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A closer look at state spending

By wmadministrator

Kentucky’s revenue shortfall has dominated the news about state government for the past several months and – like many other states – it has welcomed federal stimulus money as a means of plugging some sizeable budget holes. But Kentucky’s problem with revenue shortfalls existed long before the current downturn, and the situation will probably get even worse when the federal money is no longer available.

Arguably more troubling, however, is the fact that state spending in recent years shows Kentucky’s budget priorities shifting away from investing in education and toward providing more money for jails, public employee benefits and Medicaid.

That new reality is the most significant conclusion of research that the Kentucky Chamber of Commerce has undertaken in recent months.

The state shortfalls have led some people to conclude that Kentucky needs to modernize its tax system to address the situation. As a result, we took particular note of two major findings of research conducted by the University of Kentucky: 1.) The size of state government relative to the state’s economy has remained consistent over the years (about 6 percent of the gross state product) and 2.) state revenue has essentially been growing with the economy.

With those facts in mind, we took a closer look at the state budget and found that spending in corrections, Medicaid and public employee benefits is growing faster than both the state budget overall and the state economy. The result is that education’s share of the budget has declined, and education has the greatest potential to help us grow a stronger economy.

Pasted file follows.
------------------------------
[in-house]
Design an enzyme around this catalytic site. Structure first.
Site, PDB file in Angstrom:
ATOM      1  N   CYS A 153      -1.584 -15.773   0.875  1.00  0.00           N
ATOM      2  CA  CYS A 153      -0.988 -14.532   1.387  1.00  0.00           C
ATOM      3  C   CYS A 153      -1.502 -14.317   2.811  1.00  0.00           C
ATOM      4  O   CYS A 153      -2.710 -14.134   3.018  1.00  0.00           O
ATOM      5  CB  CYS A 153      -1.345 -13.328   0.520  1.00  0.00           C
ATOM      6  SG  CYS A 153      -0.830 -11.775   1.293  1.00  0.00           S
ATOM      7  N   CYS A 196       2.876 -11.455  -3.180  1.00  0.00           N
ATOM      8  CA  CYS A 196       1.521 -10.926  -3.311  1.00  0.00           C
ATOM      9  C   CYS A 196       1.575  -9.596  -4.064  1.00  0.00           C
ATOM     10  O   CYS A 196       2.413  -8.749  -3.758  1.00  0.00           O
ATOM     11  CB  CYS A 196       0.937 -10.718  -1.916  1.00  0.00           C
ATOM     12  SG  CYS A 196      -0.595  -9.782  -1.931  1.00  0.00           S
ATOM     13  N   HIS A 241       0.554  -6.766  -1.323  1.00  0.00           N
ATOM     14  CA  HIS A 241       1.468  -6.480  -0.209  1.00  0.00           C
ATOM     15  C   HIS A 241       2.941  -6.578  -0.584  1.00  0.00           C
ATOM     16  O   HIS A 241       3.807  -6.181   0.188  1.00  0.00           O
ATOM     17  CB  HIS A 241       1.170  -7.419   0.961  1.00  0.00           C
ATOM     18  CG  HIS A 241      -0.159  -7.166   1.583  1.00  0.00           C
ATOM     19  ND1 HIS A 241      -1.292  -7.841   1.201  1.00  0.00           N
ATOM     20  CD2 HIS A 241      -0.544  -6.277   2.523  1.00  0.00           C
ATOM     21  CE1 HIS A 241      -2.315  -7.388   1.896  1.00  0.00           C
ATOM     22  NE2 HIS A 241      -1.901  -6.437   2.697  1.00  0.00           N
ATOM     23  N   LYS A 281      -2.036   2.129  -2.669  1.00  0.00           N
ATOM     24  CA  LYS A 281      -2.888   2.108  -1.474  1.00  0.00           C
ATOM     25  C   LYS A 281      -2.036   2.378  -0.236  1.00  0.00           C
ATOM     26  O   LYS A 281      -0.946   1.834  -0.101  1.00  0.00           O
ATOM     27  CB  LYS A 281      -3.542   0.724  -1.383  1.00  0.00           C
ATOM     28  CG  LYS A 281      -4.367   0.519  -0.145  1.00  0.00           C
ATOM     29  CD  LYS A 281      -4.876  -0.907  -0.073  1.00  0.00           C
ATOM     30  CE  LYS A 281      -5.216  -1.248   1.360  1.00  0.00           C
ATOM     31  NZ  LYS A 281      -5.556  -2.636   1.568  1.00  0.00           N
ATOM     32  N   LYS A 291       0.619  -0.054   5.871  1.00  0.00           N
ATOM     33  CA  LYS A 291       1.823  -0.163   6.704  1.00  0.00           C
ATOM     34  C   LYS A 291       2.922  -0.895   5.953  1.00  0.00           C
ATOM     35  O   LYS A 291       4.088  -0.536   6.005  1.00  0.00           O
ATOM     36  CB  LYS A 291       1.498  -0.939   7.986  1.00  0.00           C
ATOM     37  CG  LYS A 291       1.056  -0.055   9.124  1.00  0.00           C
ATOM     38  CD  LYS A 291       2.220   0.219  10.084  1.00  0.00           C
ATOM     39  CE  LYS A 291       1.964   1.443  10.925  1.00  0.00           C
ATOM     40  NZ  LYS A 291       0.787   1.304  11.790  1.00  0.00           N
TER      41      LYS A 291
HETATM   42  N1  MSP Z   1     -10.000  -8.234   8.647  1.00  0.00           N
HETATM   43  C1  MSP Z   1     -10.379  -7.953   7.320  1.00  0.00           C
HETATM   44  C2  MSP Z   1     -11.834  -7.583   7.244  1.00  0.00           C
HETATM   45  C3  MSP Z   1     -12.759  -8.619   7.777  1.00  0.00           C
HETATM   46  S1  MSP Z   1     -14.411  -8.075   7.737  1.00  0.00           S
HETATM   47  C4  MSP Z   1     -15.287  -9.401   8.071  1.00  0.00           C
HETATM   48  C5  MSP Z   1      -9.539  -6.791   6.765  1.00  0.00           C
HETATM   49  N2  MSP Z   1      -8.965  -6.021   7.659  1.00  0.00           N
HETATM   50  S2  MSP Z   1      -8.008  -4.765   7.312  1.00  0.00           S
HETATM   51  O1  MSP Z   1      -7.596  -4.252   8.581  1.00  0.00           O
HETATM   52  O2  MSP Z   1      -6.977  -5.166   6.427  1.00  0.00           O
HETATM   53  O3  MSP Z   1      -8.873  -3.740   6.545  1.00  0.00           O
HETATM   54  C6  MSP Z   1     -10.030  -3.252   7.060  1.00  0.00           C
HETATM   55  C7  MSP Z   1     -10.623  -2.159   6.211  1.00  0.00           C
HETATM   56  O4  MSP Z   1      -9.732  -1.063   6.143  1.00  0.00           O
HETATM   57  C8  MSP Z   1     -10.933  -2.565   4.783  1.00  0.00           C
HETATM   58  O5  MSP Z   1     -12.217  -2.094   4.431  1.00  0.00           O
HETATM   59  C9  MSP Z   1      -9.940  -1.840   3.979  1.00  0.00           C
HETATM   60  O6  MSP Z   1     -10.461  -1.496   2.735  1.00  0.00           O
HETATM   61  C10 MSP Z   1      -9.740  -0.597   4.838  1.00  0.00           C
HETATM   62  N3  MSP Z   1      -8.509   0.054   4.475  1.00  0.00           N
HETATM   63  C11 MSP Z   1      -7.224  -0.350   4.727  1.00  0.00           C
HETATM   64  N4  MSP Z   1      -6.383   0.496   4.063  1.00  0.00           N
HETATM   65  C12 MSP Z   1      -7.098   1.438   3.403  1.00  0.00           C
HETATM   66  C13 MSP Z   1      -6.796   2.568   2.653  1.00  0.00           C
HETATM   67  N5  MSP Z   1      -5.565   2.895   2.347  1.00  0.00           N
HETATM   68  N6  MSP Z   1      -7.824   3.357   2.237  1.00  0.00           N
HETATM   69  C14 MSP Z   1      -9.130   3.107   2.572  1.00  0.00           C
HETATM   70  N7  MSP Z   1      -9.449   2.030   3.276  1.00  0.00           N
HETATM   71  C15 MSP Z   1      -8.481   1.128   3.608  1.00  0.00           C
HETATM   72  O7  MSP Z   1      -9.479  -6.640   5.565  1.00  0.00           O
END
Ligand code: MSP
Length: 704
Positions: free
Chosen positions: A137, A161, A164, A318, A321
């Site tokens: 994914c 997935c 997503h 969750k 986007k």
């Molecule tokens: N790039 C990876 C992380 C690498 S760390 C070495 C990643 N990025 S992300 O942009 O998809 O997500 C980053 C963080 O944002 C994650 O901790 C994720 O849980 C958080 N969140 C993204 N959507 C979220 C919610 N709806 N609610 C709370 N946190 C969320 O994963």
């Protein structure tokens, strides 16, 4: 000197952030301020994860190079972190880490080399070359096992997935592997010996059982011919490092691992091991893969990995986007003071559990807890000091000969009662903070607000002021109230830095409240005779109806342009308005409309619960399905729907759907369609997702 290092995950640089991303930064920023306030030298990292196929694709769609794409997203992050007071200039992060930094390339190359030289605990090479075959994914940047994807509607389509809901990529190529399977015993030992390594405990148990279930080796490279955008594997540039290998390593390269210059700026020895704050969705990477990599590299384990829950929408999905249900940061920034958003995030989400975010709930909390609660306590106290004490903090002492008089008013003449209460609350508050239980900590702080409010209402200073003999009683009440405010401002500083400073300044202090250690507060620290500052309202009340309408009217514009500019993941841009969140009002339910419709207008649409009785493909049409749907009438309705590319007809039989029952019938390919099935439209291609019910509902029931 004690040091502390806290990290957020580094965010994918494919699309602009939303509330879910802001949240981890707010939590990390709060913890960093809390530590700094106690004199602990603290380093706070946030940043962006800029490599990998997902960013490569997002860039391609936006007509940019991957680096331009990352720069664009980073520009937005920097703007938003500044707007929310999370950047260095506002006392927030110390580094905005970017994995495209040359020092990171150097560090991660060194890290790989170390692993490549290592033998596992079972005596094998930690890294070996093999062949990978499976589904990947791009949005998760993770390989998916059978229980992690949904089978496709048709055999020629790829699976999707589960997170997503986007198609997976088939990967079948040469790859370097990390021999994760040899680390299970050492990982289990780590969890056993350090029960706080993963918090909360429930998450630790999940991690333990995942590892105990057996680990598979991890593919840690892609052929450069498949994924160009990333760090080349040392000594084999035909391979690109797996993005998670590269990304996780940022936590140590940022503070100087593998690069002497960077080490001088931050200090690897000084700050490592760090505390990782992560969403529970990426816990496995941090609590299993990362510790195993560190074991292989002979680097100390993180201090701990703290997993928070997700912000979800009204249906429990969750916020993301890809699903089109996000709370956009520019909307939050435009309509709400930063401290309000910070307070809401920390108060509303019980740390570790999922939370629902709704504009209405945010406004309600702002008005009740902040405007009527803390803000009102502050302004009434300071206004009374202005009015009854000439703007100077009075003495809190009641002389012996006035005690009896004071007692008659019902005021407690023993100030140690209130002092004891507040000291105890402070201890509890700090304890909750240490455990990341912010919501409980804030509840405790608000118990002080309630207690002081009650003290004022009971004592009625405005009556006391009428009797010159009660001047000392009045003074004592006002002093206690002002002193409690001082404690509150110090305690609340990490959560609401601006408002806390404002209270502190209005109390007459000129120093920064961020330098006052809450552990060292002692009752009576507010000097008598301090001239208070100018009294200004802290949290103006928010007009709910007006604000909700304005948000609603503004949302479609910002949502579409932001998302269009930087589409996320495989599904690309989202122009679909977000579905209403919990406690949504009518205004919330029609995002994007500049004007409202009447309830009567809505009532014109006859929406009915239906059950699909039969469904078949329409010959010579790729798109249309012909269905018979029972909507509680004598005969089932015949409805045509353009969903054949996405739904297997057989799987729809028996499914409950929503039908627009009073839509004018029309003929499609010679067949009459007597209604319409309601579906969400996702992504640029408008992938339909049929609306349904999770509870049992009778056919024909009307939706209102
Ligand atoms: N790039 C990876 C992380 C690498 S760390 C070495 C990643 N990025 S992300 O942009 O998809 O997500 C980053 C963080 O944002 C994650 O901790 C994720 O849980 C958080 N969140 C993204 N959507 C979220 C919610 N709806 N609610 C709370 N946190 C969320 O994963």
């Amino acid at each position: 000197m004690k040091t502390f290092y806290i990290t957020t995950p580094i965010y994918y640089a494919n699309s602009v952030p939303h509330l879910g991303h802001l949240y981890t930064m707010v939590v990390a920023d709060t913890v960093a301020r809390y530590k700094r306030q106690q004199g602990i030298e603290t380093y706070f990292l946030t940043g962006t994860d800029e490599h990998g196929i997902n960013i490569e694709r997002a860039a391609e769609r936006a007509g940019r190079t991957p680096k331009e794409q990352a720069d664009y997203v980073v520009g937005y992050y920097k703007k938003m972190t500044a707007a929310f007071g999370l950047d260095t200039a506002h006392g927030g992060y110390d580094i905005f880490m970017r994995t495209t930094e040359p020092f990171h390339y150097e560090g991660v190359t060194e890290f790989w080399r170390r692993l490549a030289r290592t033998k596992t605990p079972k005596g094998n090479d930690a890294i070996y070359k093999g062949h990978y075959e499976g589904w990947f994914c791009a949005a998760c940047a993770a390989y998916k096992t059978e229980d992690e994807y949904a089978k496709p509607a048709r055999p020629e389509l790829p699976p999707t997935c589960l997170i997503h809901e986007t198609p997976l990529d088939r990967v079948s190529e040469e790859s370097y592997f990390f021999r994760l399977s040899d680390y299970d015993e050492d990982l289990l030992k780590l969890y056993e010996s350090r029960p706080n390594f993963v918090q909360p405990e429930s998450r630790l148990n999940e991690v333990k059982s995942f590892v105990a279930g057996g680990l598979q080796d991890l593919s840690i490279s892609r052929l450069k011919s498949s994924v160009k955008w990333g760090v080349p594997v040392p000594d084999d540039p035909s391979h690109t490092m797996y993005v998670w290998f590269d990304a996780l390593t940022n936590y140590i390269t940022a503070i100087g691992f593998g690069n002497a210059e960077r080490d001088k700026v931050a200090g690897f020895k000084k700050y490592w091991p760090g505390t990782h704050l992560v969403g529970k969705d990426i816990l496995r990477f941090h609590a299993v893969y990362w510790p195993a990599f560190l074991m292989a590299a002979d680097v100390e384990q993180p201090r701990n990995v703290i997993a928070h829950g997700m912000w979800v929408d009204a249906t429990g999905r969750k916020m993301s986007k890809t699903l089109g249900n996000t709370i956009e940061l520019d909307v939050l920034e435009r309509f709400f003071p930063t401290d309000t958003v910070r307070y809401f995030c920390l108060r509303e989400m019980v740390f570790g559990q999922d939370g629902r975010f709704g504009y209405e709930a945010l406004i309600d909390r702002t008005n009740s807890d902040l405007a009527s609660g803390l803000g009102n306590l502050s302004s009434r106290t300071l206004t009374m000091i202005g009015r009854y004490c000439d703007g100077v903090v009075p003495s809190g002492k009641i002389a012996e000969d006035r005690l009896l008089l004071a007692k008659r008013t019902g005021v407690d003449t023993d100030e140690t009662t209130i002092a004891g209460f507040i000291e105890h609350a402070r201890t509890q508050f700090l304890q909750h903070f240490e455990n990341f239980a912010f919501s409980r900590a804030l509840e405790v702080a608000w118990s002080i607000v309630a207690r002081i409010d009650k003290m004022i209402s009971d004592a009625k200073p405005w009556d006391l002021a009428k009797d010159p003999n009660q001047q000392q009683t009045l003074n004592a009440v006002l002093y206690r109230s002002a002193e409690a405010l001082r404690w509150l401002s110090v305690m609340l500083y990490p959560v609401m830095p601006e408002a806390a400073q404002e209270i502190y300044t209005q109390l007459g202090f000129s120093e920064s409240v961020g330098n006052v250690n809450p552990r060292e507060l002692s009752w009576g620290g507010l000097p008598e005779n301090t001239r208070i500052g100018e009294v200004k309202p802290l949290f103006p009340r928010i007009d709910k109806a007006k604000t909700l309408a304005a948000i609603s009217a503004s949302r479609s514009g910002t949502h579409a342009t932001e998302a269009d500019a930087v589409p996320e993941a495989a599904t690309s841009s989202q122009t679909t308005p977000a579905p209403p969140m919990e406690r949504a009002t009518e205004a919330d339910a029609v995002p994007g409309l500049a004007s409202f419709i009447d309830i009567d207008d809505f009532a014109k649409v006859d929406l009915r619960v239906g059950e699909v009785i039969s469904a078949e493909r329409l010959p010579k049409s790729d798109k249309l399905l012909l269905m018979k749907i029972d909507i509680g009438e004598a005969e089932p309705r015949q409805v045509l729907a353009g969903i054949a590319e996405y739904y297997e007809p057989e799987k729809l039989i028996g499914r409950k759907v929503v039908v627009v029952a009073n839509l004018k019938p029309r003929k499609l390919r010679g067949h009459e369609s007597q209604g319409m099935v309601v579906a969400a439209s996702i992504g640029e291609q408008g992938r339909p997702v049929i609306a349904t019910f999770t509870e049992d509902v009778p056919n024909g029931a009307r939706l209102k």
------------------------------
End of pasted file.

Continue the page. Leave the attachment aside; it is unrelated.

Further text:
This level of spending clearly is unsustainable, and the state must act deliberately to institute management strategies that work. The chamber has offered the following ideas for consideration by the state’s policymakers.

• Expand Medicaid-managed care in the more populous areas of Kentucky and identify appropriate ways to incorporate managed care in other areas.

• Shift a larger portion of spending to promoting wellness, require higher co-pays from smokers, give incentives to providers to order preventive services, and provide a statewide smoking cessation program for recipients (Kentucky is one of only five states without such a program).

• Improve program administration to reduce overpayments to providers and increase the use of generic drugs.

• Consider a stringent community supervision system to prevent parolees from returning to prison.

• Explore ways to address substance abuse among criminal offenders.

• Consider expanding the use of privately operated prison facilities.

Public Employee Health Benefits
• Require state employees to contribute a reasonable amount for their health insurance.

• Provide employees with a fixed amount of money that they can use to buy life/health insurance or other fringe benefits.

In tough economic times we have to establish spending priorities and fix the leaks that drain the money away from the priorities we have established to ensure progress for Kentucky.